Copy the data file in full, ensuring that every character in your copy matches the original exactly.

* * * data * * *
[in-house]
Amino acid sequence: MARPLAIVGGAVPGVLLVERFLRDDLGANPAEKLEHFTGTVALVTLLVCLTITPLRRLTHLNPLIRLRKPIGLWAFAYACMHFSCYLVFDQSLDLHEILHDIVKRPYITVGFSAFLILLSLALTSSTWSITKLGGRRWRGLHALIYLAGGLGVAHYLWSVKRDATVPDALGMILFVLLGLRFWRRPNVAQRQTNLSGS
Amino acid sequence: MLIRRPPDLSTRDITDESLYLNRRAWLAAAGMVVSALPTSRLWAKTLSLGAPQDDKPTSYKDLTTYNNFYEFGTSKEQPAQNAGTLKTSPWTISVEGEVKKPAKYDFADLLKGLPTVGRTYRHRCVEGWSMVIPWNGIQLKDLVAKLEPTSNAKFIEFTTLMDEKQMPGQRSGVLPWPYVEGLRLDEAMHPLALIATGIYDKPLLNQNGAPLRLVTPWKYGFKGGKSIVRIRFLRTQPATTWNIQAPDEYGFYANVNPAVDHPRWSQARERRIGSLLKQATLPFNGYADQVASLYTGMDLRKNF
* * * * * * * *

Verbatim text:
[in-house]
Amino acid sequence: MARPLAIVGGAVPGVLLVERFLRDDLGANPAEKLEHFTGTVALVTLLVCLTITPLRRLTHLNPLIRLRKPIGLWAFAYACMHFSCYLVFDQSLDLHEILHDIVKRPYITVGFSAFLILLSLALTSSTWSITKLGGRRWRGLHALIYLAGGLGVAHYLWSVKRDATVPDALGMILFVLLGLRFWRRPNVAQRQTNLSGS
Amino acid sequence: MLIRRPPDLSTRDITDESLYLNRRAWLAAAGMVVSALPTSRLWAKTLSLGAPQDDKPTSYKDLTTYNNFYEFGTSKEQPAQNAGTLKTSPWTISVEGEVKKPAKYDFADLLKGLPTVGRTYRHRCVEGWSMVIPWNGIQLKDLVAKLEPTSNAKFIEFTTLMDEKQMPGQRSGVLPWPYVEGLRLDEAMHPLALIATGIYDKPLLNQNGAPLRLVTPWKYGFKGGKSIVRIRFLRTQPATTWNIQAPDEYGFYANVNPAVDHPRWSQARERRIGSLLKQATLPFNGYADQVASLYTGMDLRKNF